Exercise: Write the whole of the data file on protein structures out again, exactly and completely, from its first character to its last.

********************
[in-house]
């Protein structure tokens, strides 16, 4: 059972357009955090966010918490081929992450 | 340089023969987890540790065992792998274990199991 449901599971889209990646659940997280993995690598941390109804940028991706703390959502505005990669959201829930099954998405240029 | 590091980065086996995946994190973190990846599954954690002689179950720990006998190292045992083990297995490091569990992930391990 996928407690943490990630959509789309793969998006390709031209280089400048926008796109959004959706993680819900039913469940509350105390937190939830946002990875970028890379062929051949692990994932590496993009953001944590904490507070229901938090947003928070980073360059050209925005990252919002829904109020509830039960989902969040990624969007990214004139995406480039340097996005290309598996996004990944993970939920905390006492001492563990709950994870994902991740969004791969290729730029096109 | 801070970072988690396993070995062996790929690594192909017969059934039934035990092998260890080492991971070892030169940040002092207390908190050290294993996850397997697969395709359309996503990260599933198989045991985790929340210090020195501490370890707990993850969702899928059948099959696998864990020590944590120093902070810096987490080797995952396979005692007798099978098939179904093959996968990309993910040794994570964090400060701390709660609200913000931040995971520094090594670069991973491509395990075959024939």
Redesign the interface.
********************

[in-house]
């Protein structure tokens, strides 16, 4: 059972357009955090966010918490081929992450 | 340089023969987890540790065992792998274990199991 449901599971889209990646659940997280993995690598941390109804940028991706703390959502505005990669959201829930099954998405240029 | 590091980065086996995946994190973190990846599954954690002689179950720990006998190292045992083990297995490091569990992930391990 996928407690943490990630959509789309793969998006390709031209280089400048926008796109959004959706993680819900039913469940509350105390937190939830946002990875970028890379062929051949692990994932590496993009953001944590904490507070229901938090947003928070980073360059050209925005990252919002829904109020509830039960989902969040990624969007990214004139995406480039340097996005290309598996996004990944993970939920905390006492001492563990709950994870994902991740969004791969290729730029096109 | 801070970072988690396993070995062996790929690594192909017969059934039934035990092998260890080492991971070892030169940040002092207390908190050290294993996850397997697969395709359309996503990260599933198989045991985790929340210090020195501490370890707990993850969702899928059948099959696998864990020590944590120093902070810096987490080797995952396979005692007798099978098939179904093959996968990309993910040794994570964090400060701390709660609200913000931040995971520094090594670069991973491509395990075959024939």
Redesign the interface.